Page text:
Egypt uprising film depicts crippling social divide

Mon Oct 15, 2012 12:39pm EDT
 
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By Raissa Kasolowsky

ABU DHABI (Reuters) - When horse and camel riders attacked protesters in Cairo's Tahrir Square during last year's uprising, Egyptian filmmaker Yousry Nasrallah was struck by one of the most vivid examples of how Egypt's huge class divide is exploited by powerful elites.

Nasrallah's "After the Battle" tells the story of how one of the horsemen struggles to come to terms with his role in the aftermath of one of the most violent incidents of the 18-day-uprising which toppled former President Hosni Mubarak in February 2011.

Actor Bassem Samra portrays impoverished tour guide Mahmoud from Cairo's Pyramids area, who is coerced into taking part in the brutal attack on crowds of anti-government demonstrators packed into Cairo's streets that has since become known as "The Battle of the Camel".

He is badly beaten by protesters and in the months afterwards he and his family are taunted and ridiculed for allowing himself to be duped into taking part in an attack that is widely thought to have been instigated by the agents of Mubarak's state apparatus.

Nasrallah, who was born in Egypt in 1952 and whose other works include the 2009 film "Sheherazade, Tell me a Story" and "The City" which won the special jury prize in Locarno in 1999, said the men who took part, mostly tour guides from the Pyramids area, were easy targets for those who wanted to exploit them.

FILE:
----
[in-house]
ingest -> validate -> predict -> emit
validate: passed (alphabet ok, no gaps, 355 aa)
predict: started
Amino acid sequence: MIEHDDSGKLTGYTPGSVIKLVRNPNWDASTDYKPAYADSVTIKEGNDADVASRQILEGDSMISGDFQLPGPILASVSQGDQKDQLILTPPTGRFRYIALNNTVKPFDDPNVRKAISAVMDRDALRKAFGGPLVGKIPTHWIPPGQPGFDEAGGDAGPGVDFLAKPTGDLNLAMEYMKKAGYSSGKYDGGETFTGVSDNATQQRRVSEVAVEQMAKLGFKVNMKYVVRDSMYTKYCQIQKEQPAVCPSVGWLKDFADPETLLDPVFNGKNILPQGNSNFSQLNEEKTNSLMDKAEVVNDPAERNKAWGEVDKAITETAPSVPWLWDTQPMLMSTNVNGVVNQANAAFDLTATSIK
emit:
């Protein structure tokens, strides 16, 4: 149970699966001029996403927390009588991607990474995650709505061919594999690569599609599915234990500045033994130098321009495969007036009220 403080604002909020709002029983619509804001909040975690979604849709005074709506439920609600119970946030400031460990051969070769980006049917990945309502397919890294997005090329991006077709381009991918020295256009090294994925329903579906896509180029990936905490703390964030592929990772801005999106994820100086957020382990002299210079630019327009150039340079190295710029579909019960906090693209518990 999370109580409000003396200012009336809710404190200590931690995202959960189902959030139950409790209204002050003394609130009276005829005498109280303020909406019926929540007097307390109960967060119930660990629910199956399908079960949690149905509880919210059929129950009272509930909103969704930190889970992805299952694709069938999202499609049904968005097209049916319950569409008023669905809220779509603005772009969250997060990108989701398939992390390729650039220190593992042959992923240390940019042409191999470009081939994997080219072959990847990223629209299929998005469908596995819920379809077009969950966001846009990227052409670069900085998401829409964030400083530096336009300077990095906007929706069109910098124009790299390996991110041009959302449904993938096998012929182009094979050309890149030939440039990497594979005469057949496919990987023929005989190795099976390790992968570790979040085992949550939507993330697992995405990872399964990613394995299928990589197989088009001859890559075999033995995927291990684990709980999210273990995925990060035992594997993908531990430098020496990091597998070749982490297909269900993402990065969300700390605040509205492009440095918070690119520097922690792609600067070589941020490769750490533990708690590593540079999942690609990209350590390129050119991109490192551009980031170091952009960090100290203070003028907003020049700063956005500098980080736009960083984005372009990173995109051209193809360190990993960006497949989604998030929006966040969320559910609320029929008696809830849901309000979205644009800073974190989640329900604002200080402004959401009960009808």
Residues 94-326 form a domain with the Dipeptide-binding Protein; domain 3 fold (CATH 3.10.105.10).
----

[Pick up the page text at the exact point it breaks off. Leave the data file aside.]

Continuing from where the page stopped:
"They were extremely worried about their livelihood. Revolution means no more tourists, it means famine. So they were easily manipulated in that sense and pushed into battles that were not theirs," Nasrallah told Reuters.

"Suddenly the counter-revolution was personified by these people. And of course it's a pretty image, a super production, it looks like cowboys and indians, it looks mediaeval," he said in the interview on the sidelines of the festival.

But Mahmoud's lusty encounter with the wealthy and educated Reem reveals the enormous gulf separating the social classes in the Arab world's most populous country. Reem, a glamorous woman born to Egypt's social elite, is at once fascinated by Mahmoud and filled with pity for him.   Continued...